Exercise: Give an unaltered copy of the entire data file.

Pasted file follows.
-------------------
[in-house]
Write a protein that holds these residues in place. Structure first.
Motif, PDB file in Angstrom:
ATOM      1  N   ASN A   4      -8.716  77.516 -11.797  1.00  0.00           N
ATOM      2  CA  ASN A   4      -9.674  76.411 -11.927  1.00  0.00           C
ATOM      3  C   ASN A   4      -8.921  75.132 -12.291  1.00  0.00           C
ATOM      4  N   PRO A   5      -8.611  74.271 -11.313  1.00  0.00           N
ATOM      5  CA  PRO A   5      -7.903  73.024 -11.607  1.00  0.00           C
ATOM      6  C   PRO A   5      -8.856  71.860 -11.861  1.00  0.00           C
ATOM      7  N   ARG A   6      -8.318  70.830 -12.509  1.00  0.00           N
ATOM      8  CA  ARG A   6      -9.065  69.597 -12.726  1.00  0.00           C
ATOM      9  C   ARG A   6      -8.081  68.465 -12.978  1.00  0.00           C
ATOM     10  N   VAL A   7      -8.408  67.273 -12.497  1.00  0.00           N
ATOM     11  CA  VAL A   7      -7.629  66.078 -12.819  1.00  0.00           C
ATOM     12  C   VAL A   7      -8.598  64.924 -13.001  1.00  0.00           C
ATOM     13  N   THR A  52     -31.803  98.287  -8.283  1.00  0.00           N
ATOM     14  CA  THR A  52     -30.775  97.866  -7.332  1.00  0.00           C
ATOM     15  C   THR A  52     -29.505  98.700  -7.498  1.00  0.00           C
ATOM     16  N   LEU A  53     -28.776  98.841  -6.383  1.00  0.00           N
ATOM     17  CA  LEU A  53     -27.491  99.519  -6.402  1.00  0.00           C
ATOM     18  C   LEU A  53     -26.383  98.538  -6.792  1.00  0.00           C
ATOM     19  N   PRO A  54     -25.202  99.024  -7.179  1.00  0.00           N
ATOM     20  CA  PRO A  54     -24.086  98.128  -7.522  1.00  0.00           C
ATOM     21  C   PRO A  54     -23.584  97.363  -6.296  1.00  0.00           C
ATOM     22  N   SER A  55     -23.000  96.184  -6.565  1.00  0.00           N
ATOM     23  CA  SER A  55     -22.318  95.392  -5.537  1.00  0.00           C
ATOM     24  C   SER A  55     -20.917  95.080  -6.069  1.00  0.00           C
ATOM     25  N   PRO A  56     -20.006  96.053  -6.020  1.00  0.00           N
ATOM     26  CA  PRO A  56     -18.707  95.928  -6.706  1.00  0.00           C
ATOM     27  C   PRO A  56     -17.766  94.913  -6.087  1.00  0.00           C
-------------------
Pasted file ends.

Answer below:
[in-house]
Write a protein that holds these residues in place. Structure first.
Motif, PDB file in Angstrom:
ATOM      1  N   ASN A   4      -8.716  77.516 -11.797  1.00  0.00           N
ATOM      2  CA  ASN A   4      -9.674  76.411 -11.927  1.00  0.00           C
ATOM      3  C   ASN A   4      -8.921  75.132 -12.291  1.00  0.00           C
ATOM      4  N   PRO A   5      -8.611  74.271 -11.313  1.00  0.00           N
ATOM      5  CA  PRO A   5      -7.903  73.024 -11.607  1.00  0.00           C
ATOM      6  C   PRO A   5      -8.856  71.860 -11.861  1.00  0.00           C
ATOM      7  N   ARG A   6      -8.318  70.830 -12.509  1.00  0.00           N
ATOM      8  CA  ARG A   6      -9.065  69.597 -12.726  1.00  0.00           C
ATOM      9  C   ARG A   6      -8.081  68.465 -12.978  1.00  0.00           C
ATOM     10  N   VAL A   7      -8.408  67.273 -12.497  1.00  0.00           N
ATOM     11  CA  VAL A   7      -7.629  66.078 -12.819  1.00  0.00           C
ATOM     12  C   VAL A   7      -8.598  64.924 -13.001  1.00  0.00           C
ATOM     13  N   THR A  52     -31.803  98.287  -8.283  1.00  0.00           N
ATOM     14  CA  THR A  52     -30.775  97.866  -7.332  1.00  0.00           C
ATOM     15  C   THR A  52     -29.505  98.700  -7.498  1.00  0.00           C
ATOM     16  N   LEU A  53     -28.776  98.841  -6.383  1.00  0.00           N
ATOM     17  CA  LEU A  53     -27.491  99.519  -6.402  1.00  0.00           C
ATOM     18  C   LEU A  53     -26.383  98.538  -6.792  1.00  0.00           C
ATOM     19  N   PRO A  54     -25.202  99.024  -7.179  1.00  0.00           N
ATOM     20  CA  PRO A  54     -24.086  98.128  -7.522  1.00  0.00           C
ATOM     21  C   PRO A  54     -23.584  97.363  -6.296  1.00  0.00           C
ATOM     22  N   SER A  55     -23.000  96.184  -6.565  1.00  0.00           N
ATOM     23  CA  SER A  55     -22.318  95.392  -5.537  1.00  0.00           C
ATOM     24  C   SER A  55     -20.917  95.080  -6.069  1.00  0.00           C
ATOM     25  N   PRO A  56     -20.006  96.053  -6.020  1.00  0.00           N
ATOM     26  CA  PRO A  56     -18.707  95.928  -6.706  1.00  0.00           C
ATOM     27  C   PRO A  56     -17.766  94.913  -6.087  1.00  0.00           C